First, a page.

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What's in a Name?

Why do massage therapists object so strongly to being called masseuses?

massage therapist versus masseuse
What's in a name?

'Masseuse' is, after all, the correct French word for a female who delivers massage (the male form being 'masseur'). But it's also a word which back in the 60s & 70s was coded language for a sex-worker and was associated with 'parlours' and 'happy endings'. The common use of 'masseuse' faded from the English lexicon in the 80s in tandem with increased cultural diversity bringing exposure to and acceptance of alternative forms of healthcare; and of scientific progress resulting in a better understanding of the impacts of stress on our well-being. Massage was no longer viewed primarily as potentially nefarious, but as a commonly-used legitimate healthcare tool.

So, if 'masseuse' is just a language hang-over from 40 years ago, why is it considered offensive? Because massage therapy is a career path which struggles to establish respectability and academic validity in a poorly-regulated industry. People can set themselves up as massage therapists without any anatomical training, or any training at all in fact! they aren't insured and they have little idea about what they're doing, which is at best giving a terrible massage and at worst, causing physical damage. Becoming a massage therapist through a reputable training institution in the UK involves at least a year of college-level education, an additional anatomy & pathology diploma and at least one hundred hours of documented practical experience, in order to reach the most basic level professional qualifications. Most therapists use several types of therapy in their professional practice, each requiring similar levels of training, and they are also required to attend many hours of continued professional development courses each year in order to specialise and/or remain registered with their professional associations. Using a term that is knowingly associated with sex-work to summarise that level of serious effort seems kind of 'off' to us, it denigrates all that hard work.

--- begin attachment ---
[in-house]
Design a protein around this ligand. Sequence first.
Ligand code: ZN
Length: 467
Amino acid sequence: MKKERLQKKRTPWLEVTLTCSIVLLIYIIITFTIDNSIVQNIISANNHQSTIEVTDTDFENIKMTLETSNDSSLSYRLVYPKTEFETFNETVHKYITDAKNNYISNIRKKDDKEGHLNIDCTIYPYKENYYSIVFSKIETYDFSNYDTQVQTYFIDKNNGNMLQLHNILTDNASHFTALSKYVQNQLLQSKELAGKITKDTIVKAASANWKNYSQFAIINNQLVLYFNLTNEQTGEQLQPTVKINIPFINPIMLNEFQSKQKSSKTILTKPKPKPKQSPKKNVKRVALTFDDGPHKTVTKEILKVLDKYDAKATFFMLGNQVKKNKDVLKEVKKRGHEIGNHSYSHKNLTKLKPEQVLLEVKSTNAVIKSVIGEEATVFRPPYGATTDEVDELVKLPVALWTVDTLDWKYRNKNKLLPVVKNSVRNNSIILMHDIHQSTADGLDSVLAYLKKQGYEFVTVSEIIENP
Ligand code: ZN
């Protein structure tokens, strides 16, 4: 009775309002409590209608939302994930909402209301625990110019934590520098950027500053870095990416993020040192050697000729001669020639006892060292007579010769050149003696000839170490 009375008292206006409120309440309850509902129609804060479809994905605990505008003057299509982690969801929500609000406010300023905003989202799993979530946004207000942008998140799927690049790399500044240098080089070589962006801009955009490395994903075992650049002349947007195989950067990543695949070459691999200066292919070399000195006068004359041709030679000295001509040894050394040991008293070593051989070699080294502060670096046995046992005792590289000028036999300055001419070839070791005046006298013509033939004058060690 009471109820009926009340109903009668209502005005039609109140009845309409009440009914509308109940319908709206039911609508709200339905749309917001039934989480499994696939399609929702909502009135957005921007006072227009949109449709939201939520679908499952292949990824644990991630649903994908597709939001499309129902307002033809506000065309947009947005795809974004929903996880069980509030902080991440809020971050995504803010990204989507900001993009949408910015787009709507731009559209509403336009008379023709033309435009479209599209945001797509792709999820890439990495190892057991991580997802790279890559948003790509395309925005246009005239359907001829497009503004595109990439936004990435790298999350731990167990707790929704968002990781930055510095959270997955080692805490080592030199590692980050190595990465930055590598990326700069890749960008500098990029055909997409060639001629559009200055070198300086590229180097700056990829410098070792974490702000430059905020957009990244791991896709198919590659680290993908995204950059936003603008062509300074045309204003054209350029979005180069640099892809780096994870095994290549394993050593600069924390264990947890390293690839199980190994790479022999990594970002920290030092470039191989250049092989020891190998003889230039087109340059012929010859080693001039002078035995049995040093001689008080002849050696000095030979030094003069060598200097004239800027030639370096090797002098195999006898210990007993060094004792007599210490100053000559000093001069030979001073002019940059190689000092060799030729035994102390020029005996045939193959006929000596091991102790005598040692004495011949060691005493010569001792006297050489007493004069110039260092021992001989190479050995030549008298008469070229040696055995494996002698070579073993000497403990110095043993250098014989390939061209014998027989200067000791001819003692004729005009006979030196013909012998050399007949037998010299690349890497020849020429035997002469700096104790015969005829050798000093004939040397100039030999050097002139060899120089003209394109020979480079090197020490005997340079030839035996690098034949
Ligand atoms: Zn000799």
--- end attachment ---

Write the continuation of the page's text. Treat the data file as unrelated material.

Unless you are French, or intending to infer that we provide massage as a cloak for prostitution, please try to avoid using the term 'masseuse'. 'Massage Therapist' will do as a job title thank you, despite the extra syllables.

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